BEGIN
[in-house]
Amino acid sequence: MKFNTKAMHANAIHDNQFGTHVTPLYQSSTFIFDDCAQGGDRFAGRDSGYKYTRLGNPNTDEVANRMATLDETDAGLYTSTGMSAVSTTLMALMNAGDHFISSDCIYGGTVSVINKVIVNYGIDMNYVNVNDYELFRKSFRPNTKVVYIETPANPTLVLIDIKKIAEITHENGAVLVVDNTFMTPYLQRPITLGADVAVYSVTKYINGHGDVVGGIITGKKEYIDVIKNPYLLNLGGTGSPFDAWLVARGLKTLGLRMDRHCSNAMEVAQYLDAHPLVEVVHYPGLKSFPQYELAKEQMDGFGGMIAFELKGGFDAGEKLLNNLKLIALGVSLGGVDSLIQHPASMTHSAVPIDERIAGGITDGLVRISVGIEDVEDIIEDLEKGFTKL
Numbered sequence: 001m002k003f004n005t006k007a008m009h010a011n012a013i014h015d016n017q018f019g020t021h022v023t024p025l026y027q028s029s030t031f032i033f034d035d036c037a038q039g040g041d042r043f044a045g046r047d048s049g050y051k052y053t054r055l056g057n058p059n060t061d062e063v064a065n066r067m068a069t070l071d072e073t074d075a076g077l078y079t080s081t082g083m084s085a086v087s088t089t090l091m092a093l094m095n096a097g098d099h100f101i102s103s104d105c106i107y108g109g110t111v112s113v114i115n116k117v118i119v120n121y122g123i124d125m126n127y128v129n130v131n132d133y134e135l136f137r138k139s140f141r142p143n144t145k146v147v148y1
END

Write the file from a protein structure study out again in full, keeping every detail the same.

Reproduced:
[in-house]
Amino acid sequence: MKFNTKAMHANAIHDNQFGTHVTPLYQSSTFIFDDCAQGGDRFAGRDSGYKYTRLGNPNTDEVANRMATLDETDAGLYTSTGMSAVSTTLMALMNAGDHFISSDCIYGGTVSVINKVIVNYGIDMNYVNVNDYELFRKSFRPNTKVVYIETPANPTLVLIDIKKIAEITHENGAVLVVDNTFMTPYLQRPITLGADVAVYSVTKYINGHGDVVGGIITGKKEYIDVIKNPYLLNLGGTGSPFDAWLVARGLKTLGLRMDRHCSNAMEVAQYLDAHPLVEVVHYPGLKSFPQYELAKEQMDGFGGMIAFELKGGFDAGEKLLNNLKLIALGVSLGGVDSLIQHPASMTHSAVPIDERIAGGITDGLVRISVGIEDVEDIIEDLEKGFTKL
Numbered sequence: 001m002k003f004n005t006k007a008m009h010a011n012a013i014h015d016n017q018f019g020t021h022v023t024p025l026y027q028s029s030t031f032i033f034d035d036c037a038q039g040g041d042r043f044a045g046r047d048s049g050y051k052y053t054r055l056g057n058p059n060t061d062e063v064a065n066r067m068a069t070l071d072e073t074d075a076g077l078y079t080s081t082g083m084s085a086v087s088t089t090l091m092a093l094m095n096a097g098d099h100f101i102s103s104d105c106i107y108g109g110t111v112s113v114i115n116k117v118i119v120n121y122g123i124d125m126n127y128v129n130v131n132d133y134e135l136f137r138k139s140f141r142p143n144t145k146v147v148y1